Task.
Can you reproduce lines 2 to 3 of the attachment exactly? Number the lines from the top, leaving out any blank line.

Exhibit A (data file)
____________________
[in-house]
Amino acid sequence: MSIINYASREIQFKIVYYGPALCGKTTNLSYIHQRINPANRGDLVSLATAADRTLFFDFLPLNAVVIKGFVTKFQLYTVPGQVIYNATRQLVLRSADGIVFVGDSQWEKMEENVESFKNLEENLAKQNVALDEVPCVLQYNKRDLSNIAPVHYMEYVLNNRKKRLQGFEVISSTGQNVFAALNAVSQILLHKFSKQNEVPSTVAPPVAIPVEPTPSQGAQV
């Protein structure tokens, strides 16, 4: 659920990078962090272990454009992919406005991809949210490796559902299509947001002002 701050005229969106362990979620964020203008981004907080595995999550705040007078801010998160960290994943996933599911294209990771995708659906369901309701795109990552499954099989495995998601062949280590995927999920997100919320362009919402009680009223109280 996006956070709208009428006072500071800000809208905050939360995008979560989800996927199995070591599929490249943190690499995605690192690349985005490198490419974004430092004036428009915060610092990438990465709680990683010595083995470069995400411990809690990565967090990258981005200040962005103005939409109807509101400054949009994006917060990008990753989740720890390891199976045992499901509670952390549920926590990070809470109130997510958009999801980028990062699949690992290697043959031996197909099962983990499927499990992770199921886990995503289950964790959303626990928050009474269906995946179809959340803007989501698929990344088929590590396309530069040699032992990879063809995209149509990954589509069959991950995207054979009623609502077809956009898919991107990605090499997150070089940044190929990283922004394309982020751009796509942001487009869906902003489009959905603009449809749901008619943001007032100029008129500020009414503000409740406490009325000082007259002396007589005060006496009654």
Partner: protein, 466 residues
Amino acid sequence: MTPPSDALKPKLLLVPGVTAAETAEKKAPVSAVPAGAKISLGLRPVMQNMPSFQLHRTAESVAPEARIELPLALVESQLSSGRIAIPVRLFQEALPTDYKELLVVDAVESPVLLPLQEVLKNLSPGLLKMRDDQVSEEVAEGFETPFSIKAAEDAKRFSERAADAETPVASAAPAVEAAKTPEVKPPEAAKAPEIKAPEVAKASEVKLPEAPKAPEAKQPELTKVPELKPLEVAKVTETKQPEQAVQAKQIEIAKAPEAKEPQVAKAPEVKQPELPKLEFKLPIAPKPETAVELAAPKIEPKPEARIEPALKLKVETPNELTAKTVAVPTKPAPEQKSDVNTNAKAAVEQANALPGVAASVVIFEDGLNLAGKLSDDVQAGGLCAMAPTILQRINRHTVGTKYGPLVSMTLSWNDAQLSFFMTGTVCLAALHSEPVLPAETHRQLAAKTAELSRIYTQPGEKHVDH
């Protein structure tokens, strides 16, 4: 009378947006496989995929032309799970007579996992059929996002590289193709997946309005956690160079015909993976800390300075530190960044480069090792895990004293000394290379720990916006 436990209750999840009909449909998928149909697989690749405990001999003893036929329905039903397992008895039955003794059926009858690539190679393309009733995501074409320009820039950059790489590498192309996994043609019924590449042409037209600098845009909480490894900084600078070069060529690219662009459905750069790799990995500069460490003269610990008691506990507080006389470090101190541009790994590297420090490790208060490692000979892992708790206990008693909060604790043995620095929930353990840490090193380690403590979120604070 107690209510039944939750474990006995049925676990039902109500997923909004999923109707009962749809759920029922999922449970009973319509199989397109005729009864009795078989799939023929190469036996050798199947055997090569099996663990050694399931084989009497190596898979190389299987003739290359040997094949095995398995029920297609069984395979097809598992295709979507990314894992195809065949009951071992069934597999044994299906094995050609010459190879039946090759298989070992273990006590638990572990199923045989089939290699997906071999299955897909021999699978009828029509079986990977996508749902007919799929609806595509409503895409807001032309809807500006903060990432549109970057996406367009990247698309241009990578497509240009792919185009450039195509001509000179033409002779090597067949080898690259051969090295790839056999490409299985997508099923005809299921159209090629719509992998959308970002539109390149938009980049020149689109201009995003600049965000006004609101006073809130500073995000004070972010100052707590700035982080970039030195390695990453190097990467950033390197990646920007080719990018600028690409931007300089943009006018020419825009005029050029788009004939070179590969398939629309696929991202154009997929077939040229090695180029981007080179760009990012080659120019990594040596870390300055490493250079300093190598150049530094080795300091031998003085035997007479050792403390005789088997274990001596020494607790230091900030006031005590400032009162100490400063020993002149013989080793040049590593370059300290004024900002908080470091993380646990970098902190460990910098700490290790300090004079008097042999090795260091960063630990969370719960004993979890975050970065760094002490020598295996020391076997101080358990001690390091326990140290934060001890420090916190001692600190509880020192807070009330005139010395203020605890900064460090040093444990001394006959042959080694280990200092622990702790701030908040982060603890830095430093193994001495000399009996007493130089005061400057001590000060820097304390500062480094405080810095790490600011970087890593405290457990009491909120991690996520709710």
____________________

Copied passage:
Amino acid sequence: MSIINYASREIQFKIVYYGPALCGKTTNLSYIHQRINPANRGDLVSLATAADRTLFFDFLPLNAVVIKGFVTKFQLYTVPGQVIYNATRQLVLRSADGIVFVGDSQWEKMEENVESFKNLEENLAKQNVALDEVPCVLQYNKRDLSNIAPVHYMEYVLNNRKKRLQGFEVISSTGQNVFAALNAVSQILLHKFSKQNEVPSTVAPPVAIPVEPTPSQGAQV
């Protein structure tokens, strides 16, 4: 659920990078962090272990454009992919406005991809949210490796559902299509947001002002 701050005229969106362990979620964020203008981004907080595995999550705040007078801010998160960290994943996933599911294209990771995708659906369901309701795109990552499954099989495995998601062949280590995927999920997100919320362009919402009680009223109280 996006956070709208009428006072500071800000809208905050939360995008979560989800996927199995070591599929490249943190690499995605690192690349985005490198490419974004430092004036428009915060610092990438990465709680990683010595083995470069995400411990809690990565967090990258981005200040962005103005939409109807509101400054949009994006917060990008990753989740720890390891199976045992499901509670952390549920926590990070809470109130997510958009999801980028990062699949690992290697043959031996197909099962983990499927499990992770199921886990995503289950964790959303626990928050009474269906995946179809959340803007989501698929990344088929590590396309530069040699032992990879063809995209149509990954589509069959991950995207054979009623609502077809956009898919991107990605090499997150070089940044190929990283922004394309982020751009796509942001487009869906902003489009959905603009449809749901008619943001007032100029008129500020009414503000409740406490009325000082007259002396007589005060006496009654």